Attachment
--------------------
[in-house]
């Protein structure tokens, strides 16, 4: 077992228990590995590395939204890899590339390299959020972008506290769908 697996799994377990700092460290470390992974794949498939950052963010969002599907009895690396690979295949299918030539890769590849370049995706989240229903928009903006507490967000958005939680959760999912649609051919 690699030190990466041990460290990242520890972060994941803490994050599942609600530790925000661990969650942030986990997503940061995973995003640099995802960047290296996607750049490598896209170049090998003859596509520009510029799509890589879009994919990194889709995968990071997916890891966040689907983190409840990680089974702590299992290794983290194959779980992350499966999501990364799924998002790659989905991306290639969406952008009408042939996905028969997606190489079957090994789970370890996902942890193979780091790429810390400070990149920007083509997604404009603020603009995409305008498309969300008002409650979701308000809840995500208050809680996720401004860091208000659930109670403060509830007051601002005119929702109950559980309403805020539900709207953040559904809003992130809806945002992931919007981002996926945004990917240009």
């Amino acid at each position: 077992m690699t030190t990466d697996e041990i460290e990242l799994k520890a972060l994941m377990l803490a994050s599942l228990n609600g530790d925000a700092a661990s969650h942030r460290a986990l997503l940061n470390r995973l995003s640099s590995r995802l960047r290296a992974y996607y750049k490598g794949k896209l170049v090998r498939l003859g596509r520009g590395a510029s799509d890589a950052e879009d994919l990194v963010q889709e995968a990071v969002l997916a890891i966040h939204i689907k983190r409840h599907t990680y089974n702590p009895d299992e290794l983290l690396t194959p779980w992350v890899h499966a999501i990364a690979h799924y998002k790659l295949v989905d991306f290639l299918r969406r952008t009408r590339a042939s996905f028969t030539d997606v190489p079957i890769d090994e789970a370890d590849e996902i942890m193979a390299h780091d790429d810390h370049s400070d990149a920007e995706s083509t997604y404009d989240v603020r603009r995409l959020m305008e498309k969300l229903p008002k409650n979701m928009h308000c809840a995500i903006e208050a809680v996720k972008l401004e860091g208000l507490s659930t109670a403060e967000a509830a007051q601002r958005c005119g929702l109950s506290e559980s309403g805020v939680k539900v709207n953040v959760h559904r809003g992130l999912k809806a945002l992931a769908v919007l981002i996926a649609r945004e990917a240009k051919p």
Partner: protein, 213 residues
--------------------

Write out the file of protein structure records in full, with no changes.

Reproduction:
[in-house]
């Protein structure tokens, strides 16, 4: 077992228990590995590395939204890899590339390299959020972008506290769908 697996799994377990700092460290470390992974794949498939950052963010969002599907009895690396690979295949299918030539890769590849370049995706989240229903928009903006507490967000958005939680959760999912649609051919 690699030190990466041990460290990242520890972060994941803490994050599942609600530790925000661990969650942030986990997503940061995973995003640099995802960047290296996607750049490598896209170049090998003859596509520009510029799509890589879009994919990194889709995968990071997916890891966040689907983190409840990680089974702590299992290794983290194959779980992350499966999501990364799924998002790659989905991306290639969406952008009408042939996905028969997606190489079957090994789970370890996902942890193979780091790429810390400070990149920007083509997604404009603020603009995409305008498309969300008002409650979701308000809840995500208050809680996720401004860091208000659930109670403060509830007051601002005119929702109950559980309403805020539900709207953040559904809003992130809806945002992931919007981002996926945004990917240009």
């Amino acid at each position: 077992m690699t030190t990466d697996e041990i460290e990242l799994k520890a972060l994941m377990l803490a994050s599942l228990n609600g530790d925000a700092a661990s969650h942030r460290a986990l997503l940061n470390r995973l995003s640099s590995r995802l960047r290296a992974y996607y750049k490598g794949k896209l170049v090998r498939l003859g596509r520009g590395a510029s799509d890589a950052e879009d994919l990194v963010q889709e995968a990071v969002l997916a890891i966040h939204i689907k983190r409840h599907t990680y089974n702590p009895d299992e290794l983290l690396t194959p779980w992350v890899h499966a999501i990364a690979h799924y998002k790659l295949v989905d991306f290639l299918r969406r952008t009408r590339a042939s996905f028969t030539d997606v190489p079957i890769d090994e789970a370890d590849e996902i942890m193979a390299h780091d790429d810390h370049s400070d990149a920007e995706s083509t997604y404009d989240v603020r603009r995409l959020m305008e498309k969300l229903p008002k409650n979701m928009h308000c809840a995500i903006e208050a809680v996720k972008l401004e860091g208000l507490s659930t109670a403060e967000a509830a007051q601002r958005c005119g929702l109950s506290e559980s309403g805020v939680k539900v709207n953040v959760h559904r809003g992130l999912k809806a945002l992931a769908v919007l981002i996926a649609r945004e990917a240009k051919p």
Partner: protein, 213 residues